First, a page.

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The Fed plays follow the leader

Some critics argue the Fed is too worried about market woes; others say central bank can't buck investor expectations by leaving rates unchanged.

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By Chris Isidore, CNNMoney.com senior writer

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NEW YORK (CNNMoney.com) -- Economist Milton Friedman once famously claimed a computer could handle the rate-setting duties of a central bank. In the last month it has appeared to many critics that the financial markets have taken on that role.

The Federal Reserve slashed rates by three-quarters of a percentage point, or 75 basis points, last week, just eight days ahead of its regularly scheduled meeting, suggesting that it was responding to problems that couldn't wait.

But those immediate concerns were apparently found in the financial markets more than in the economy, which is the normal focus of the Fed's attention.

"While strains in short-term funding markets have eased somewhat, broader financial market conditions have continued to deteriorate and credit has tightened further for some businesses and households," said the Fed's statement that accompanied its surprise move, an unusual acknowledgement that the policymakers were following the markets' declines.

Now investors who a week ago were expecting only 75 basis points of cuts by the end of the month are expecting additional cuts at Wednesday's meeting. Fed funds futures on the Chicago Board of Trade are pricing in a 100 percent chance of at least a quarter-point, or 25 basis point cut, and a 76 percent chance of a half-point, or 50 basis point cut, on top of the emergency move.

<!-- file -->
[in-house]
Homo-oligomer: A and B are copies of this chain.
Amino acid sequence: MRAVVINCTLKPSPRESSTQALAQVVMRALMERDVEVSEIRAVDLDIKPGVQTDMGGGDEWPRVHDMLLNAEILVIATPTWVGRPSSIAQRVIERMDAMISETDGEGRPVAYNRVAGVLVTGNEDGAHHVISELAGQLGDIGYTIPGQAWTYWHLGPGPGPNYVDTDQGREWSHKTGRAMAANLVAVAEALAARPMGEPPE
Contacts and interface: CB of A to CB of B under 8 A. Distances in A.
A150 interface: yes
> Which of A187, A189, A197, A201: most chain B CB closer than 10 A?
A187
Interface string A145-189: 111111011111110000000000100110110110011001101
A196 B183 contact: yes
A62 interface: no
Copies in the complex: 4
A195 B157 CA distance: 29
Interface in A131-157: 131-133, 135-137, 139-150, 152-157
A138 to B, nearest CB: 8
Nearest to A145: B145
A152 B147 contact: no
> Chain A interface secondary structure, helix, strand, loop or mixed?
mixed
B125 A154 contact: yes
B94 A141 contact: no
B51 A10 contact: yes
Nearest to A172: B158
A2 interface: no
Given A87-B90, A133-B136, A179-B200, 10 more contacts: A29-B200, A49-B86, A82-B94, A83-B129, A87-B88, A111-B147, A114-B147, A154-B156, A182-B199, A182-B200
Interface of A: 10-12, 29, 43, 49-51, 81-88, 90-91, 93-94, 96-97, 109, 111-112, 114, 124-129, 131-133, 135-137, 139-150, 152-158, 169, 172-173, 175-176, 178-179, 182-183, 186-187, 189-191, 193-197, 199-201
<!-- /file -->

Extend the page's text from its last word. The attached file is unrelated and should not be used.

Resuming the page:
And some Fed watchers say if the Fed delivers a cut, it'll be a sign that Chairman Ben Bernanke and the rest of the Open Market Committee are being bullied by the markets.

"The action [last] week raises more questions than it answered," said Barry Ritholtz, CEO of Fusion IQ, a quantitative research firm. "The Fed's mandate is to maintain price stability and promote economic growth, not backstop the equity markets. That's not their responsibility, but it seems to be what they're doing."

Setting the stage for "substantive" move. Bernanke had signaled the Fed's willingness to make additional cuts in a Jan. 10 speech, in which he promised the Fed was "ready to take substantive additional action as needed to support growth."

But while those comments got a lot of attention, there was far less attention paid to his comments that tied problems in financial markets to the Fed's broader goals of economic growth.

"Adverse economic or financial news has the potential to increase financial strains and to lead to further constraints on the supply of credit to households and businesses," he said.

The next day, Fed Gov. Frederick Mishkin, a close ally of Bernanke who had written an economic textbook with him before either joined the Fed, gave a speech in which he argued that the Fed needed to be prepared to respond quickly to changes in financial markets.

"Timely action is crucial when an episode of financial instability becomes sufficiently severe to threaten the core macroeconomic objectives of the central bank," he said.